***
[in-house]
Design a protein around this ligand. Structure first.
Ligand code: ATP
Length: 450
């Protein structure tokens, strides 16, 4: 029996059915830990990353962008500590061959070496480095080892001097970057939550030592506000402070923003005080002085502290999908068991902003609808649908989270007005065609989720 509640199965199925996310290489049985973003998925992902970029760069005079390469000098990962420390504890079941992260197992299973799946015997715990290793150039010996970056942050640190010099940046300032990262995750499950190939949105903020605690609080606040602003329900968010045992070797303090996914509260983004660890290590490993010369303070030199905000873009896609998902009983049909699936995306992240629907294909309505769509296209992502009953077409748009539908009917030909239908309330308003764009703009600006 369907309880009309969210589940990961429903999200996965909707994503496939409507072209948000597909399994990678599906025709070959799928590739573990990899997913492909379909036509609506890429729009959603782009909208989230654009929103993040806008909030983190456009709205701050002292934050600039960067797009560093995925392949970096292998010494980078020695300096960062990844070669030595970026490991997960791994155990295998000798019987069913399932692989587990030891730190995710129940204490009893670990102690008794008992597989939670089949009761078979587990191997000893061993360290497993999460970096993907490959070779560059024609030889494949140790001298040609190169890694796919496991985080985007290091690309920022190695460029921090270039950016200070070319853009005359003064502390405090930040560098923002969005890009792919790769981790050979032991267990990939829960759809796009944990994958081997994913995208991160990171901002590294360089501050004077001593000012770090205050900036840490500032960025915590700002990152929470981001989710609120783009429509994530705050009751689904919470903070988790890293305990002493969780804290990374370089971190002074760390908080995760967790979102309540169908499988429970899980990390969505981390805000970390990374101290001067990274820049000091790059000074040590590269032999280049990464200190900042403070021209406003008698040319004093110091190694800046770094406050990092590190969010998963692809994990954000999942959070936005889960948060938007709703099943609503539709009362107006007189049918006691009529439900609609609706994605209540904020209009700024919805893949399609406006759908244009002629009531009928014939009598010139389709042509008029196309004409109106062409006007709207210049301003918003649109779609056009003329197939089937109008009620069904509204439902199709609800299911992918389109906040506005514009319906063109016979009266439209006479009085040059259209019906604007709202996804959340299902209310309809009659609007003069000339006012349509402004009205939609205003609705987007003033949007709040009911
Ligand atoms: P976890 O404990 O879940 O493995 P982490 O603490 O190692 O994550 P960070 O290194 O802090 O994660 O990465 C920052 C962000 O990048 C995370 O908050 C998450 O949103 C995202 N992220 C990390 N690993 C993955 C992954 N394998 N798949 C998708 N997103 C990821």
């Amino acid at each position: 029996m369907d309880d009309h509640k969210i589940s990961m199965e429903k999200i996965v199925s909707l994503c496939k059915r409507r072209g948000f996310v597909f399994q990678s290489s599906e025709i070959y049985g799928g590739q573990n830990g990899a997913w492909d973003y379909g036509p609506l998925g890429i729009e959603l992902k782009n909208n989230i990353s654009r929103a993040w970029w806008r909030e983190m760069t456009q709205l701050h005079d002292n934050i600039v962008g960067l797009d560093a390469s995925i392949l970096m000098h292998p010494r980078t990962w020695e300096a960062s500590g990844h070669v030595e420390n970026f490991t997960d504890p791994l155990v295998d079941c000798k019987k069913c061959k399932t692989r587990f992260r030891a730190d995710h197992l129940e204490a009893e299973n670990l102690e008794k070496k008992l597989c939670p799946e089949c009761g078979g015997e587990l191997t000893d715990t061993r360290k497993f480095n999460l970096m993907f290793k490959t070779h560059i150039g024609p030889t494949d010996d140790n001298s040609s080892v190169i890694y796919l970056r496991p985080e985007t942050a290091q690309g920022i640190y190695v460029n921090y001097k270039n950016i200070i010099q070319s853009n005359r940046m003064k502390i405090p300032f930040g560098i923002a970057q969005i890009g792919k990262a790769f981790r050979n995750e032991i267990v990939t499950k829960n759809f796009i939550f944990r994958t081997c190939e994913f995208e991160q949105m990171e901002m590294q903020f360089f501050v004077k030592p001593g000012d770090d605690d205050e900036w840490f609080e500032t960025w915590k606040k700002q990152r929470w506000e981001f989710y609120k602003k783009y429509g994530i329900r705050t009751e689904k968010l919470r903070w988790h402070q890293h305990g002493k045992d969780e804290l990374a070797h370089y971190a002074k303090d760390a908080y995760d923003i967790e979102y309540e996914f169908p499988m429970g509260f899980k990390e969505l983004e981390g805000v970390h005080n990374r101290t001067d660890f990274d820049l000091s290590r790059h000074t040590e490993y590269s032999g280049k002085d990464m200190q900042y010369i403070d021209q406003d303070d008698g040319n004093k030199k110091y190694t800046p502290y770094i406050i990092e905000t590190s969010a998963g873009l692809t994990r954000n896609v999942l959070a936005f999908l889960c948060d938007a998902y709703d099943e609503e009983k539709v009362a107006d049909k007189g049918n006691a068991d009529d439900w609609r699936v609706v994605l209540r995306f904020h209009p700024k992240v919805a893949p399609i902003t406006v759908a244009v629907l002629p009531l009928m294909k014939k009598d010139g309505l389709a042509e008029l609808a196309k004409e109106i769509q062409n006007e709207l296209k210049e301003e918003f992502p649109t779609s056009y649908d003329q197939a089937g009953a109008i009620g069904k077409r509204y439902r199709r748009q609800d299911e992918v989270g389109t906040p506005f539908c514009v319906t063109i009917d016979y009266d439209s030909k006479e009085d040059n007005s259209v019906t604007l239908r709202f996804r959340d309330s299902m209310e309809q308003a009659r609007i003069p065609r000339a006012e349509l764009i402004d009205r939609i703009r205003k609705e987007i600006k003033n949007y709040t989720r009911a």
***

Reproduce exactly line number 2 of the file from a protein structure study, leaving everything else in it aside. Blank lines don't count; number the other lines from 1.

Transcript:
Design a protein around this ligand. Structure first.